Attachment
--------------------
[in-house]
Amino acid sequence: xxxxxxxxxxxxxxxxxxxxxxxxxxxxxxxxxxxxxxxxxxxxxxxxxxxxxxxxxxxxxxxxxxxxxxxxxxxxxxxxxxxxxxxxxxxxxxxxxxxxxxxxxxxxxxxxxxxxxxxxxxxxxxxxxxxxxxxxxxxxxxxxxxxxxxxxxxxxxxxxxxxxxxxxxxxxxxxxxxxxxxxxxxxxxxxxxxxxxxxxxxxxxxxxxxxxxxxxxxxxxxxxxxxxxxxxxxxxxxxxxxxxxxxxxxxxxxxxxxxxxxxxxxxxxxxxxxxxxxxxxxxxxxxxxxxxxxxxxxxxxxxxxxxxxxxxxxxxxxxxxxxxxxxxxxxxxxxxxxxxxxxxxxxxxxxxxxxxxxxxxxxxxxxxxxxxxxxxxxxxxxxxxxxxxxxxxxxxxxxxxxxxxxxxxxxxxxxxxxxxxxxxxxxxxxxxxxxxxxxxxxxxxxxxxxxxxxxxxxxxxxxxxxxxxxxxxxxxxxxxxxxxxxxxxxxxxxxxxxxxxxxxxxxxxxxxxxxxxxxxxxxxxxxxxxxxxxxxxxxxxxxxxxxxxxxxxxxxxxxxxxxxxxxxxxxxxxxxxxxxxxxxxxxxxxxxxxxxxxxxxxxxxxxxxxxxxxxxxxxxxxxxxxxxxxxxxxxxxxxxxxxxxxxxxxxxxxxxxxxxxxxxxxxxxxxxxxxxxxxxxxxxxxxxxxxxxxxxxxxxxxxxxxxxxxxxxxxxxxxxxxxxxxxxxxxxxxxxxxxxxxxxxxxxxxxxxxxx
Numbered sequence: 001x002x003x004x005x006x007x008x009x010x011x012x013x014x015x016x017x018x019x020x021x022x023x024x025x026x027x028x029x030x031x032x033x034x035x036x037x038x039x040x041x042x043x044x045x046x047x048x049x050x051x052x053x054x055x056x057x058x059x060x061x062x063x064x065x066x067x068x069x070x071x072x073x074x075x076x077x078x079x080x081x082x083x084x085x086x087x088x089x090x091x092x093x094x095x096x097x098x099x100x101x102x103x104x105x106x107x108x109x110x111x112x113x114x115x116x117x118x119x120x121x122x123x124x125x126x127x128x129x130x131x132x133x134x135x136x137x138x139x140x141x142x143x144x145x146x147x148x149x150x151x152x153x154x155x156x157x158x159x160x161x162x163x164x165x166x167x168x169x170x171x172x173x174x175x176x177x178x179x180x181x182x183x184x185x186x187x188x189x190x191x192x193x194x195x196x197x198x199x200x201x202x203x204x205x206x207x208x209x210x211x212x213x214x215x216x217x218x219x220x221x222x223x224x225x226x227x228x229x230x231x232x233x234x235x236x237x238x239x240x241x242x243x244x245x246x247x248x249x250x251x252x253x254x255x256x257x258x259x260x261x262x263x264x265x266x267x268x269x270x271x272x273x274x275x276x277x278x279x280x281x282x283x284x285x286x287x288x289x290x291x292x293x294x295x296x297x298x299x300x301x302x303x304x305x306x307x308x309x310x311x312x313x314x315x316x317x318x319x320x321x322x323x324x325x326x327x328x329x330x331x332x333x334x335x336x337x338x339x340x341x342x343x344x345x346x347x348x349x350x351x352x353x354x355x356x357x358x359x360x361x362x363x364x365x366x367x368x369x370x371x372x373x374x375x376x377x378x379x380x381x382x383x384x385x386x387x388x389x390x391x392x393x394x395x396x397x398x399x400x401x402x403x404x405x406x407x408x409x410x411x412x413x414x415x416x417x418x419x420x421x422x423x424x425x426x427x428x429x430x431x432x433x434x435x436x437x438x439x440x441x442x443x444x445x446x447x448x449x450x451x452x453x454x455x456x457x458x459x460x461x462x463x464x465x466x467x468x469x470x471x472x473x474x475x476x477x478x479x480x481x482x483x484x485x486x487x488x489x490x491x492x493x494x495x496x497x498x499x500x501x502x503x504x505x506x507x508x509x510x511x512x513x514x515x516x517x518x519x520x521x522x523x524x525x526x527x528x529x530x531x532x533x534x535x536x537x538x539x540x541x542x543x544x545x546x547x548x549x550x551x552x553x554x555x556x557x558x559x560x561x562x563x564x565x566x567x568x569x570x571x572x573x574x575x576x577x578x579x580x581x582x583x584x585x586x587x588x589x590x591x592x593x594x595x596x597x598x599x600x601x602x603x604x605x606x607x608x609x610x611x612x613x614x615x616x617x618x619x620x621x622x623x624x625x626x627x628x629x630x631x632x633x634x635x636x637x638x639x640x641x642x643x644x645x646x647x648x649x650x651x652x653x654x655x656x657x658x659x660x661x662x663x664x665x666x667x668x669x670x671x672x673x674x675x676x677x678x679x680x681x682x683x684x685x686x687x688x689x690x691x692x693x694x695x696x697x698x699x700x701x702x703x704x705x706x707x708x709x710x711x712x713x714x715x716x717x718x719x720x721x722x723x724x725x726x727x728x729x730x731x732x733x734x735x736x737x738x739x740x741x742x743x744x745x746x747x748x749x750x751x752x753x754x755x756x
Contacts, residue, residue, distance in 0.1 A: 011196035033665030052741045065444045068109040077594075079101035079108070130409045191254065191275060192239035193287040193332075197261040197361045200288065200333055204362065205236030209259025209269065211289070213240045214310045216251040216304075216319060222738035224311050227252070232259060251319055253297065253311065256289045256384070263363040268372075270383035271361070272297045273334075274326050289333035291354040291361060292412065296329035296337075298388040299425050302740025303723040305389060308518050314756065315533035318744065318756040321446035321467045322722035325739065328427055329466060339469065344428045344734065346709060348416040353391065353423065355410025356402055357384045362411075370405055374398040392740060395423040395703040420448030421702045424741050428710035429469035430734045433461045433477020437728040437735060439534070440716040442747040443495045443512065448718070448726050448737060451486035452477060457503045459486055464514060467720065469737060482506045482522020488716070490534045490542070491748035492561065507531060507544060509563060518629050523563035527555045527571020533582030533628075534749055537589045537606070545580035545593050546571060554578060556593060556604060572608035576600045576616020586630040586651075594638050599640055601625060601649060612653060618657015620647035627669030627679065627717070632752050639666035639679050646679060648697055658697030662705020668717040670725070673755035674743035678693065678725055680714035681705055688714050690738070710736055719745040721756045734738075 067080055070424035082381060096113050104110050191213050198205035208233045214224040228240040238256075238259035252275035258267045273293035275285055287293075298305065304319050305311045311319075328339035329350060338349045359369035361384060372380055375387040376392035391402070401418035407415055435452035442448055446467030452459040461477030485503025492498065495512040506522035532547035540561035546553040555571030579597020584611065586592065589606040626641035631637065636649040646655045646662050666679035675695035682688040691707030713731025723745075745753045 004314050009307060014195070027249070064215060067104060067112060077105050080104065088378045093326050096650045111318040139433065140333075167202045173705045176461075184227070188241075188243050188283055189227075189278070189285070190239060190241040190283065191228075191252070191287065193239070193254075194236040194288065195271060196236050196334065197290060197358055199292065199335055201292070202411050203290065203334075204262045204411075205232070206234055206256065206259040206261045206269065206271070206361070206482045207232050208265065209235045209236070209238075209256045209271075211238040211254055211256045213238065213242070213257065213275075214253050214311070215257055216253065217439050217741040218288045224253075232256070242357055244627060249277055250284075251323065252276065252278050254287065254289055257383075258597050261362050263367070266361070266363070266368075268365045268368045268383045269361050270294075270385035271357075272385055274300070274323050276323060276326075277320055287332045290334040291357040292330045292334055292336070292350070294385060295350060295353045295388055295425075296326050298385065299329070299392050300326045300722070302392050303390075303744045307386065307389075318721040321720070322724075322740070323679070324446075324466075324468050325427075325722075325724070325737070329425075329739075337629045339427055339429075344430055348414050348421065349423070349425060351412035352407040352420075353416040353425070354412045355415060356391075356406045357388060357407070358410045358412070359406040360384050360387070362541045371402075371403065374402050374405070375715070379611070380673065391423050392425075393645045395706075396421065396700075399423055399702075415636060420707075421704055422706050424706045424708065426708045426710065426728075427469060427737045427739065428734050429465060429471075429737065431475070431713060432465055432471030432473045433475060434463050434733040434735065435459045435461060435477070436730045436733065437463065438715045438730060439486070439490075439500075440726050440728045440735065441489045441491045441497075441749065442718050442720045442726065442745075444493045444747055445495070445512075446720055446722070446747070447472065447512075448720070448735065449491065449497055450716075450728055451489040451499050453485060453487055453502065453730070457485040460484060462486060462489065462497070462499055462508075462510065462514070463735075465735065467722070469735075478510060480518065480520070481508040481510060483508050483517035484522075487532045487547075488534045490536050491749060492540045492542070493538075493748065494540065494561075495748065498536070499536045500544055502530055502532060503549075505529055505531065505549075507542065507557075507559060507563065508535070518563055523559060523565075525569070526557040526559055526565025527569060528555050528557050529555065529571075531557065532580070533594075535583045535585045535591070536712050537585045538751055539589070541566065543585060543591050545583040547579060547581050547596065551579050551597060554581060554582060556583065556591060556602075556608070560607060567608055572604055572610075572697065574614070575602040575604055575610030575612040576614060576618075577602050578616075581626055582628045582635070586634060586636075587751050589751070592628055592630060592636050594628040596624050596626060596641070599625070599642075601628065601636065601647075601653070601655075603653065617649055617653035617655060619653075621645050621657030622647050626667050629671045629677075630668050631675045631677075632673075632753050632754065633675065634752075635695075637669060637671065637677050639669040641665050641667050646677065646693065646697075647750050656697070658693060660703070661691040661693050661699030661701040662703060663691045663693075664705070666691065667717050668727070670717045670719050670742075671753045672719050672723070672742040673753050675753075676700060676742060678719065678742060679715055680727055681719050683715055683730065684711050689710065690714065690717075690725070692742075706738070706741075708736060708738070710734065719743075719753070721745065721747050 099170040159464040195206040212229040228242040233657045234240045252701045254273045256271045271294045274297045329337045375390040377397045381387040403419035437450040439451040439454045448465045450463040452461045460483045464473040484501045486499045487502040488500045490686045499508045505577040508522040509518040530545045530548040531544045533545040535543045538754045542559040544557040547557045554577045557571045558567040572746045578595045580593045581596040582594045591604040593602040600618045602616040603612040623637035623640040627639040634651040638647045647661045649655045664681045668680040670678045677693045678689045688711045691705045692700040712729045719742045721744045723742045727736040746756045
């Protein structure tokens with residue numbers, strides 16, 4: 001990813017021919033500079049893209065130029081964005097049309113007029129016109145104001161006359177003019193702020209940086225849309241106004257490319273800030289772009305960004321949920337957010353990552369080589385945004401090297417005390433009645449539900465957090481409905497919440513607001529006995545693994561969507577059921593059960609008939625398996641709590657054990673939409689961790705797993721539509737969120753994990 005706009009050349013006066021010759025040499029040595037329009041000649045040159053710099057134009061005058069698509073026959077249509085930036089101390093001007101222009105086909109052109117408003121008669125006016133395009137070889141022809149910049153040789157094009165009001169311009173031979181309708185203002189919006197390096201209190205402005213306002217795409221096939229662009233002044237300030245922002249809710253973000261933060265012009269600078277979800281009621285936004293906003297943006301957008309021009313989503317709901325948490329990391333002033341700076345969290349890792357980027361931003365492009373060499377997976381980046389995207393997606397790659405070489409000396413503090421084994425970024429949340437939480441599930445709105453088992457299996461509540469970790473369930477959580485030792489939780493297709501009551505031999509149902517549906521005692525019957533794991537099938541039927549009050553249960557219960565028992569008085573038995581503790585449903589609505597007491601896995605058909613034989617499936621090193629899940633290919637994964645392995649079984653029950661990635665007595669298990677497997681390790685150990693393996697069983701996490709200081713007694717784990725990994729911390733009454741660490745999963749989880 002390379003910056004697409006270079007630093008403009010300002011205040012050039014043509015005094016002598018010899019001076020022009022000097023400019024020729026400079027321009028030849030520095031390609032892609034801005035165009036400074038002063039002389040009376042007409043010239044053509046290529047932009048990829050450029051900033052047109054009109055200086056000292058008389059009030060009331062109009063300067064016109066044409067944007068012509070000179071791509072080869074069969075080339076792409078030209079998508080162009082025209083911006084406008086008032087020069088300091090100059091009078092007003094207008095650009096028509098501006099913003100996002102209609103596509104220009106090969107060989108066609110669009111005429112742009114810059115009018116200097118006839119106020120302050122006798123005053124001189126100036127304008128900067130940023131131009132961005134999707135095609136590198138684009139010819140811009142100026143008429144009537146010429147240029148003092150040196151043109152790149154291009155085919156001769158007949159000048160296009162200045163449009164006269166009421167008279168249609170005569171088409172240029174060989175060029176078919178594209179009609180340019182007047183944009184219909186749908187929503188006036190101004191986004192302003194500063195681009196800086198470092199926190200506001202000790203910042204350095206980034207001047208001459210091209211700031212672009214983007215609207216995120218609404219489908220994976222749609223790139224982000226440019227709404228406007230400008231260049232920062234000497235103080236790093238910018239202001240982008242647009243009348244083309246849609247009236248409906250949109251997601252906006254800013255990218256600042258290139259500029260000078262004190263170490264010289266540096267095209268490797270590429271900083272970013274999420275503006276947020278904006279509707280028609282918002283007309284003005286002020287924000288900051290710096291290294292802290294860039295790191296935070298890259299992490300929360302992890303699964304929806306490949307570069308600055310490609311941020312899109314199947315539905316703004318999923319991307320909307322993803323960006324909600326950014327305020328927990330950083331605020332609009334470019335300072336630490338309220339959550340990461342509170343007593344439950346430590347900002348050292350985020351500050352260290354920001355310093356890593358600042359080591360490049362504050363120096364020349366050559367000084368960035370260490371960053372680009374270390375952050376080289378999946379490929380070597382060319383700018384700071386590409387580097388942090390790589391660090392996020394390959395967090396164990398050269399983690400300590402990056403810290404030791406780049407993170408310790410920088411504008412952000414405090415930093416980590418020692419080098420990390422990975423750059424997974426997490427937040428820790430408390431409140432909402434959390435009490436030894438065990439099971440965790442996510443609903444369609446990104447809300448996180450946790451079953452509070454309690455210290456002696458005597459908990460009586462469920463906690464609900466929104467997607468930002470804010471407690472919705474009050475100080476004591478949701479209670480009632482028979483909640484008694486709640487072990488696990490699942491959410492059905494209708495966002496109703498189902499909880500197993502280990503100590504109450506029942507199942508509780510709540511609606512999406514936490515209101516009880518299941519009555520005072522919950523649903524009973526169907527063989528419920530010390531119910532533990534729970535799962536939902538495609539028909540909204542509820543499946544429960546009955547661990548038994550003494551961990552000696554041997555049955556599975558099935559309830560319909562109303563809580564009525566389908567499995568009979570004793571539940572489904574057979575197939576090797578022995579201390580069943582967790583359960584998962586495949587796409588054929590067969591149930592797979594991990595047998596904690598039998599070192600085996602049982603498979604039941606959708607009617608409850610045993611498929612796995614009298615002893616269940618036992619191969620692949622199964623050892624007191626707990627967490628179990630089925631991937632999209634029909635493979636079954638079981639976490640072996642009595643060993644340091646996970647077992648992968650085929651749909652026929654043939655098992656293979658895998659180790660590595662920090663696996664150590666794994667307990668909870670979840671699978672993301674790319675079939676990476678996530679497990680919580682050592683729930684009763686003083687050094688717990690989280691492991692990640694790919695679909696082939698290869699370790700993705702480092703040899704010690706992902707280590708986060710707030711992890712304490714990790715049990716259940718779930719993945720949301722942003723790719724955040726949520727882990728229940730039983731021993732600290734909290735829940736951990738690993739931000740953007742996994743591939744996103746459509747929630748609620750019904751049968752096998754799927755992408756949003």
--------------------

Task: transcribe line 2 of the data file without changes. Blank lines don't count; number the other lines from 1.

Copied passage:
Amino acid sequence: xxxxxxxxxxxxxxxxxxxxxxxxxxxxxxxxxxxxxxxxxxxxxxxxxxxxxxxxxxxxxxxxxxxxxxxxxxxxxxxxxxxxxxxxxxxxxxxxxxxxxxxxxxxxxxxxxxxxxxxxxxxxxxxxxxxxxxxxxxxxxxxxxxxxxxxxxxxxxxxxxxxxxxxxxxxxxxxxxxxxxxxxxxxxxxxxxxxxxxxxxxxxxxxxxxxxxxxxxxxxxxxxxxxxxxxxxxxxxxxxxxxxxxxxxxxxxxxxxxxxxxxxxxxxxxxxxxxxxxxxxxxxxxxxxxxxxxxxxxxxxxxxxxxxxxxxxxxxxxxxxxxxxxxxxxxxxxxxxxxxxxxxxxxxxxxxxxxxxxxxxxxxxxxxxxxxxxxxxxxxxxxxxxxxxxxxxxxxxxxxxxxxxxxxxxxxxxxxxxxxxxxxxxxxxxxxxxxxxxxxxxxxxxxxxxxxxxxxxxxxxxxxxxxxxxxxxxxxxxxxxxxxxxxxxxxxxxxxxxxxxxxxxxxxxxxxxxxxxxxxxxxxxxxxxxxxxxxxxxxxxxxxxxxxxxxxxxxxxxxxxxxxxxxxxxxxxxxxxxxxxxxxxxxxxxxxxxxxxxxxxxxxxxxxxxxxxxxxxxxxxxxxxxxxxxxxxxxxxxxxxxxxxxxxxxxxxxxxxxxxxxxxxxxxxxxxxxxxxxxxxxxxxxxxxxxxxxxxxxxxxxxxxxxxxxxxxxxxxxxxxxxxxxxxxxxxxxxxxxxxxxxxxxxxxxxxxxxx